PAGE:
Wednesday, November 24, 2010
the art of hygge
Hygge is one of those wonderfully untranslatable words to be found in every language. Roughly pronounced "hoo-guh," hygge is Danish for something closest to "cosy"— but it's beyond cosy. From what I've come to understand, it's both a state of mind and being. Soft sweaters, candles, hearty food, the warmth of friendship and those long, meaningful conversations held over fragrant cups of tea— anything that makes your soul hum. My friend Sue, in a generous and thoughtful effort to introduce me to hygge, and the experience of something my grandad would have loved, cooked us a delicious meal of something I cannot pronounce for the life of me. Rounds of ground beef wrapped in bacon and pan-fried with caramelised onions, a massive tart pickle and buttery baby potatoes lavished with the oh so traditional Danish brown gravy. Sue explained how gravy must absolutely be a dark brown; apparently this matters so much to the Danes that there is an actual food dye to make your gravy the perfect shade of brown. All this home-cooked hygge deliciousness was washed down with a velvety walnut beer.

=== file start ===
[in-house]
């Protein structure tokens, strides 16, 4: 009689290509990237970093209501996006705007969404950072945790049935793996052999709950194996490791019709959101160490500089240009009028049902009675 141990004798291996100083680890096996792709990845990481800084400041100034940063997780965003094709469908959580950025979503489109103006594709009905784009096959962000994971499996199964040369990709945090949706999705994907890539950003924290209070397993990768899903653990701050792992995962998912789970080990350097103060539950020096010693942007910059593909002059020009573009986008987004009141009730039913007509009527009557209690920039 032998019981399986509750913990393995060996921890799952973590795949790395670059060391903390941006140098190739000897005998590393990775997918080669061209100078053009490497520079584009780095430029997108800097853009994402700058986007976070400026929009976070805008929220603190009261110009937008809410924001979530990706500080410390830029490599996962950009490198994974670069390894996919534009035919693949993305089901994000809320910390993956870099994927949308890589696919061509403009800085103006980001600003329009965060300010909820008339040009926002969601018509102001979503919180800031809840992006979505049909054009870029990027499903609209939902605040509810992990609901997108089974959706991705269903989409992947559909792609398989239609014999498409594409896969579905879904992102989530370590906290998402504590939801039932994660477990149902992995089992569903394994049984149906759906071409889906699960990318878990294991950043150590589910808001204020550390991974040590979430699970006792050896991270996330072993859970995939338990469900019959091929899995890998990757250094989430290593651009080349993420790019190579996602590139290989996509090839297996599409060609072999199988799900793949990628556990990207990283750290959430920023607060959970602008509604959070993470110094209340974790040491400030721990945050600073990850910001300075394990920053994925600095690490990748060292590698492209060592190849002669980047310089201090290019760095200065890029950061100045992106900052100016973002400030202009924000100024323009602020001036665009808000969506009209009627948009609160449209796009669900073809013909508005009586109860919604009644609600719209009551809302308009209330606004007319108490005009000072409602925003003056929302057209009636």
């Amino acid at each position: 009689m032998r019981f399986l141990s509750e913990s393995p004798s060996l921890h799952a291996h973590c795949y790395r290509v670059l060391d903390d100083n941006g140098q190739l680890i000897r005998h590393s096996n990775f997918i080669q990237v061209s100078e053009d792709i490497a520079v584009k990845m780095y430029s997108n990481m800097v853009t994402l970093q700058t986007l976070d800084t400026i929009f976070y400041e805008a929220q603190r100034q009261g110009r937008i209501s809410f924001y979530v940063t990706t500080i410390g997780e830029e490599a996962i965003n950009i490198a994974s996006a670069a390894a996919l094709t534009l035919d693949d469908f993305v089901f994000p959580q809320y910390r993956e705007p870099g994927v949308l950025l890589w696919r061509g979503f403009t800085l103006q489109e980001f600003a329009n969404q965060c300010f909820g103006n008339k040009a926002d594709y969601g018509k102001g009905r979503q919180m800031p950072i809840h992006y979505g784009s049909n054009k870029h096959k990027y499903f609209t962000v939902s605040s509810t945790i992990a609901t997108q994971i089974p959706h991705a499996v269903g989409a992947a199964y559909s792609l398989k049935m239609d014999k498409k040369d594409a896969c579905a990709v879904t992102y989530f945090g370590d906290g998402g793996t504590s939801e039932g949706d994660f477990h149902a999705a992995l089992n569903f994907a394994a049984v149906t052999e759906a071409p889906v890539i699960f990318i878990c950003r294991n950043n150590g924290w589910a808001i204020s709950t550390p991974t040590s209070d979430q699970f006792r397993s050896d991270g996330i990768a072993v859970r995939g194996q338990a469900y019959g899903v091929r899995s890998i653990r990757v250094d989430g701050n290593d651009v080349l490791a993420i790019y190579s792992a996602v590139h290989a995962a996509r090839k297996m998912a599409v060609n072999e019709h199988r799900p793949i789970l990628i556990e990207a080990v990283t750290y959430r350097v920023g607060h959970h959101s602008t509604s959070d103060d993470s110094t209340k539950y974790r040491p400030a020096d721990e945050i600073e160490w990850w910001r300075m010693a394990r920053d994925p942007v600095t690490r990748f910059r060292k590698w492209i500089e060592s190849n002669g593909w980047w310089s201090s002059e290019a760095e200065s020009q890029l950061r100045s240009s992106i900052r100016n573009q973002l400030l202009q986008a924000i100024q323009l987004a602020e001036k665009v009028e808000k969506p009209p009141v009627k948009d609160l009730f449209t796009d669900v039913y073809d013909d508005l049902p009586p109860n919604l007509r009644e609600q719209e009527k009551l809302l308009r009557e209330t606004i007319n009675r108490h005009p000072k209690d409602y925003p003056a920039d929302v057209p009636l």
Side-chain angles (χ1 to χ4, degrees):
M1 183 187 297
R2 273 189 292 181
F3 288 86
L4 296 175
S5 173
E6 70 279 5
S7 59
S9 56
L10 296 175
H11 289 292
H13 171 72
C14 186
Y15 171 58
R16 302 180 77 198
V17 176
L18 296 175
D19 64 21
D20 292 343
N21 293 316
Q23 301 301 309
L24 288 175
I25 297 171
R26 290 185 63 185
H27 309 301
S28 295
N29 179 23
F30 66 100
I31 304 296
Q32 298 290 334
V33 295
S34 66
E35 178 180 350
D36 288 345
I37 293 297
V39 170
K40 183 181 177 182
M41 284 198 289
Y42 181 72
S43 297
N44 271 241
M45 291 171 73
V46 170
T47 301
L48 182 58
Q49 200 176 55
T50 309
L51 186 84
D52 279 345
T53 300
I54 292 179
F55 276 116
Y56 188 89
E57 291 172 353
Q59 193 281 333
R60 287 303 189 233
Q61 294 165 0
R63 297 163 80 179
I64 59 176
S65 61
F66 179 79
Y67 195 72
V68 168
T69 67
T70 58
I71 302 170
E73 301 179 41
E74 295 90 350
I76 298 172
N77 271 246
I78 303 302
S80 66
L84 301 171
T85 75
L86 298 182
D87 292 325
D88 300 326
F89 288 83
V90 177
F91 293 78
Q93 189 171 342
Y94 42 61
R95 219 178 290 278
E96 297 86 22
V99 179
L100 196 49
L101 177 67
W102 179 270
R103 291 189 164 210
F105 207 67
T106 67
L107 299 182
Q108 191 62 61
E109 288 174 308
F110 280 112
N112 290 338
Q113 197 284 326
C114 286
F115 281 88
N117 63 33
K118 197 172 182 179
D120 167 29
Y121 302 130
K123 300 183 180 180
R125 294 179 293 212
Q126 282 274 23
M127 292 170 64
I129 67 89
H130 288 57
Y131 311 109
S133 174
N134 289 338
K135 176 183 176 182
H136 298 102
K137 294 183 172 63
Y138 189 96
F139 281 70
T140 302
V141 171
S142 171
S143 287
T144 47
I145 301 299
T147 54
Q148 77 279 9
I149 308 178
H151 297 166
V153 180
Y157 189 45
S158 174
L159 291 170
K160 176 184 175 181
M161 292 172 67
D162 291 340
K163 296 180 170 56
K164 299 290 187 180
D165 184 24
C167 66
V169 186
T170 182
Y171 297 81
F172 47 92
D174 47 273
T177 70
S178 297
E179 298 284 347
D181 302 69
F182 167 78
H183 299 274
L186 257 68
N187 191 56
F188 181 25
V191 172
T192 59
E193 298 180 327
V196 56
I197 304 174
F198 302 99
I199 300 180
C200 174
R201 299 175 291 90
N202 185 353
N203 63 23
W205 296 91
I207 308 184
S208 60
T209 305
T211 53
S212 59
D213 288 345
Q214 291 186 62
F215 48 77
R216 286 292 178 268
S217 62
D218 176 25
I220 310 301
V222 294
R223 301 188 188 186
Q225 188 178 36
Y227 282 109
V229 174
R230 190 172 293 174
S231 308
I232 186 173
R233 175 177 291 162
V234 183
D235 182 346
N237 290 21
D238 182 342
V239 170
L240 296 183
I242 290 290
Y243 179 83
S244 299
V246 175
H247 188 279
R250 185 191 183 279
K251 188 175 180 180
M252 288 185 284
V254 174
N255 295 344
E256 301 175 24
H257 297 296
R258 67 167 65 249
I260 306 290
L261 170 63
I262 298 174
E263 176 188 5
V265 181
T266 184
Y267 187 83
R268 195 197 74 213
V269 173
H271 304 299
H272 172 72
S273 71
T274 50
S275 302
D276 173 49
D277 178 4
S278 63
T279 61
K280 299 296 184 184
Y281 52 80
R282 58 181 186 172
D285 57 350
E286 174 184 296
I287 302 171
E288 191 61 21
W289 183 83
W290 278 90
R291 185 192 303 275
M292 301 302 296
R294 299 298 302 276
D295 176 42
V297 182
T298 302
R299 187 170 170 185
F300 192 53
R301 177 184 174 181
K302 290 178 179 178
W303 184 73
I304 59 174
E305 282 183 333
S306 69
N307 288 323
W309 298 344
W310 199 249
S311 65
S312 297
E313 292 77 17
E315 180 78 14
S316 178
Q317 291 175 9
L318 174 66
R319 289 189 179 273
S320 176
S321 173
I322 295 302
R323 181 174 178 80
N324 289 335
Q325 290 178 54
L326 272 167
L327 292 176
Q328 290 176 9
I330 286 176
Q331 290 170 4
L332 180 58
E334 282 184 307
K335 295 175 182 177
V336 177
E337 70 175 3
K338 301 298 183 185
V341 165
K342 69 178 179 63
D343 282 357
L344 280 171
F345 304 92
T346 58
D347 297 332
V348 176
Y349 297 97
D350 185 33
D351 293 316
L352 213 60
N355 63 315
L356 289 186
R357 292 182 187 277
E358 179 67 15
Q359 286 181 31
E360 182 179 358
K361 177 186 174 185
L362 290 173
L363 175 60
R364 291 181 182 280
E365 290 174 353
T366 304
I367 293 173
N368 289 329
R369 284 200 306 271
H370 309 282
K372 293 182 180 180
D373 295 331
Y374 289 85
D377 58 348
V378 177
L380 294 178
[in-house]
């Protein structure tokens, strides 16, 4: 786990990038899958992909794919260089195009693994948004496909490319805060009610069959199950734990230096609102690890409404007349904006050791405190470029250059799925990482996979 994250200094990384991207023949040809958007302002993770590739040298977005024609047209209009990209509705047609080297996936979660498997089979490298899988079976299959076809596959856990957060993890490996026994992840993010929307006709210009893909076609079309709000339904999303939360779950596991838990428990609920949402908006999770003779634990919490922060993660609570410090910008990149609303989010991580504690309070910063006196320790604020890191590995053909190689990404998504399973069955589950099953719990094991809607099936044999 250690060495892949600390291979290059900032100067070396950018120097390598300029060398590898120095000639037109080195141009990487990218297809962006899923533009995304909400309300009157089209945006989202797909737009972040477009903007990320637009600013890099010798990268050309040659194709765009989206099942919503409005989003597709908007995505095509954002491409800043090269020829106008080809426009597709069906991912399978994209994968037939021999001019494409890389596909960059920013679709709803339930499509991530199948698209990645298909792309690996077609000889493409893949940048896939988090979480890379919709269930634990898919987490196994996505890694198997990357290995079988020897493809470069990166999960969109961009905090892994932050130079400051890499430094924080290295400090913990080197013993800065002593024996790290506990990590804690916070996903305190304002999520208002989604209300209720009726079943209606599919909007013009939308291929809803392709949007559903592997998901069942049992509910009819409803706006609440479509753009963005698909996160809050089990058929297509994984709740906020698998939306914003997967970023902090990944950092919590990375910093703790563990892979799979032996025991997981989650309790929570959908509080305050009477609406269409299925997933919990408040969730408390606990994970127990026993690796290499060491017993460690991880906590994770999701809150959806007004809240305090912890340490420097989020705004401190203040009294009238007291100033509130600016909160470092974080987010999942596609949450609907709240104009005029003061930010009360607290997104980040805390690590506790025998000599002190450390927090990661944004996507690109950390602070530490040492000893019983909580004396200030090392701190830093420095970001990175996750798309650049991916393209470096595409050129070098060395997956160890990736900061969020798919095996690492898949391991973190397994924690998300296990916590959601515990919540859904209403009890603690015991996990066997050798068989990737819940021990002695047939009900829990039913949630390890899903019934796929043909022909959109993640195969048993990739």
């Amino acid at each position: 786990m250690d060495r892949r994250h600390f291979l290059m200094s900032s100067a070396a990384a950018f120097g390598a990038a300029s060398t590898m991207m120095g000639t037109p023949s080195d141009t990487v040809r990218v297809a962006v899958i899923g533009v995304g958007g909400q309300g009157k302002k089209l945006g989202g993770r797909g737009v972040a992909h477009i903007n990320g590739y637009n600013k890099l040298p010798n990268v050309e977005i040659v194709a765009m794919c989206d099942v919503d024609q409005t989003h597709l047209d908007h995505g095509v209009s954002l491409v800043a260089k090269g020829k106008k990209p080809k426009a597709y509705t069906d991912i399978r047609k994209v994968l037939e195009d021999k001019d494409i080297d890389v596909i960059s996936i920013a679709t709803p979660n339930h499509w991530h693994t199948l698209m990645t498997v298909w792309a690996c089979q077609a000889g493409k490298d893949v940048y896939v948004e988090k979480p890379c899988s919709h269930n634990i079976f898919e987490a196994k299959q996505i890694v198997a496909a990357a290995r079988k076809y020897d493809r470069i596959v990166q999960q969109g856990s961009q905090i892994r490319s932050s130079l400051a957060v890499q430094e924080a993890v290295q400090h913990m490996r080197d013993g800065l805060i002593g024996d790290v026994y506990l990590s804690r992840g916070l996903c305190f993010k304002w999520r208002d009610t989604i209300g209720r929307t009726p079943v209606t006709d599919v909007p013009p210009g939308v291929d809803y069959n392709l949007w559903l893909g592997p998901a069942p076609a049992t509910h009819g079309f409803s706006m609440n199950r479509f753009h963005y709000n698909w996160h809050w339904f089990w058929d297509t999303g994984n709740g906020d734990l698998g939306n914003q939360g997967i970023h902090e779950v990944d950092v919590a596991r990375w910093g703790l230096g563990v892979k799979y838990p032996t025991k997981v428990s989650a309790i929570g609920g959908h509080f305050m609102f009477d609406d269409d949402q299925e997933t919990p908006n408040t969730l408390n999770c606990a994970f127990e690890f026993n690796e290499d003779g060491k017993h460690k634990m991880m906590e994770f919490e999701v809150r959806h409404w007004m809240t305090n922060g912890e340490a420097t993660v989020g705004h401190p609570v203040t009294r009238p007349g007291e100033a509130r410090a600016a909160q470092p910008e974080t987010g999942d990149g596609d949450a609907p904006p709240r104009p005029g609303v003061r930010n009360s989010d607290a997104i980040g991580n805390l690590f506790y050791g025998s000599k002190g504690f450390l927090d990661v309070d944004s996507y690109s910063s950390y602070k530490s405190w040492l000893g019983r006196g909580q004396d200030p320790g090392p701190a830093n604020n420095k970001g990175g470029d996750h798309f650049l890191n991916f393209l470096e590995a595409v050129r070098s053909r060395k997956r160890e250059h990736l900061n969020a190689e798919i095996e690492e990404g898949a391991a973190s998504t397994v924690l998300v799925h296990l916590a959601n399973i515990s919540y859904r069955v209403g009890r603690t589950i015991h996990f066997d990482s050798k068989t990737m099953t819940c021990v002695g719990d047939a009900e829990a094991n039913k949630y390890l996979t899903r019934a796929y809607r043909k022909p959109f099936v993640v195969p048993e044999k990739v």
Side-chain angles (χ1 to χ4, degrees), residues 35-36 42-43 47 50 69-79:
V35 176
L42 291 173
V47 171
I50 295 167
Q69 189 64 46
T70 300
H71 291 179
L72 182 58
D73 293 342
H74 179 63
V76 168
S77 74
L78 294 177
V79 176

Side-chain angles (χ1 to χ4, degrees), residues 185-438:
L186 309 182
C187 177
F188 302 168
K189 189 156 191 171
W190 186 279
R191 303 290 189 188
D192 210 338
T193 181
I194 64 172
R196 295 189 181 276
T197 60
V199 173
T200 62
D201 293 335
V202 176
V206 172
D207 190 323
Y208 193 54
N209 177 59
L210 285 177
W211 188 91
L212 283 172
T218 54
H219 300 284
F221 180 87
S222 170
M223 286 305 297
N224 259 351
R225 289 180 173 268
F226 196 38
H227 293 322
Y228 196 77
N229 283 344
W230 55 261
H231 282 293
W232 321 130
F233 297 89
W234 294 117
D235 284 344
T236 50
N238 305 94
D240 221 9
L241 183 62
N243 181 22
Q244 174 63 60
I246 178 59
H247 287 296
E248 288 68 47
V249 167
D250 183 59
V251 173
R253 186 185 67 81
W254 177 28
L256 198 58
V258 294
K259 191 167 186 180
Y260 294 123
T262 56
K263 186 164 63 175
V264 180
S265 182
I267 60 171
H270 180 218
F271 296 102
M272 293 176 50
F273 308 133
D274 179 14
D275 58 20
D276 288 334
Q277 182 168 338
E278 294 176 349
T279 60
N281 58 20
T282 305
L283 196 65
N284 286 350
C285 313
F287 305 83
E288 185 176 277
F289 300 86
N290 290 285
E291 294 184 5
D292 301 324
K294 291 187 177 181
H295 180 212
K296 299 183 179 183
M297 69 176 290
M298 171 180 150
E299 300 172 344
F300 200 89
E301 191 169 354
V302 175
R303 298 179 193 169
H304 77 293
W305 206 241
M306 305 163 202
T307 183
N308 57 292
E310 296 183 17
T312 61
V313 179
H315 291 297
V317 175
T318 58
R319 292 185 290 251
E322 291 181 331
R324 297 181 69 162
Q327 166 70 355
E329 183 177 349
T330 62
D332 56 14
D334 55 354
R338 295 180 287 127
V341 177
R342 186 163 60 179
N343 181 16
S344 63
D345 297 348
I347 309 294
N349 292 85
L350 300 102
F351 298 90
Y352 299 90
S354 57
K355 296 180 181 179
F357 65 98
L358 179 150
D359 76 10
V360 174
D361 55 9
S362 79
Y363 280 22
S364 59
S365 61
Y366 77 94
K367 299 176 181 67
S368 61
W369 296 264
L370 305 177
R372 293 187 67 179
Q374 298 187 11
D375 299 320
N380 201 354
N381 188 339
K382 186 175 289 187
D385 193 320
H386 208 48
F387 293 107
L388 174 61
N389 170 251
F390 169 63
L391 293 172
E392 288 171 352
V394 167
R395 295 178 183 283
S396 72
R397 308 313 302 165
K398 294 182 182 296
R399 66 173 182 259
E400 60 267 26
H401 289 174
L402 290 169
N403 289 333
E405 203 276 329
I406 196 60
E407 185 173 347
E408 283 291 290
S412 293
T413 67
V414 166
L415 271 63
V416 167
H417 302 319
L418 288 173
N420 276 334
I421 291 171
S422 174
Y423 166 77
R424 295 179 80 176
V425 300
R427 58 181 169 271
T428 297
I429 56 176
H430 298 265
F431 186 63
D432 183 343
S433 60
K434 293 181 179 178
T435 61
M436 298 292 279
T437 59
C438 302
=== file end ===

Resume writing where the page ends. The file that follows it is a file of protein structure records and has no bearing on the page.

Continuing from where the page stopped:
For some reason, I felt I wanted to cry—everything was so much my grandad. With the exception of a few random plates of spaghetti, dinners with my grandad consisted of a meat, buttery potatoes, a brown sauce or gravy and some kind of vegetable. Sue's meal took me back to my grandparent's kitchen, which always smelled of bread and butter and sweet pipe smoke. I was a little girl at the table, my feet unable to touch the floor, I was a teenager, I was an adult— my grandad grinning at me after some joke, my grandad swearing in Danish at the news on the TV.
Morning brought mist, deer, and the smell of bacon and toast. Before my train to Esbjerg, Sue wanted to show me the Middelfart Sindssygehospital, a unique museum that had once been a psychiatric institution. As the mist fell back to the earth, the sky was a rare blue. We wrapped ourselves up in our wooly scarves and set out on our way.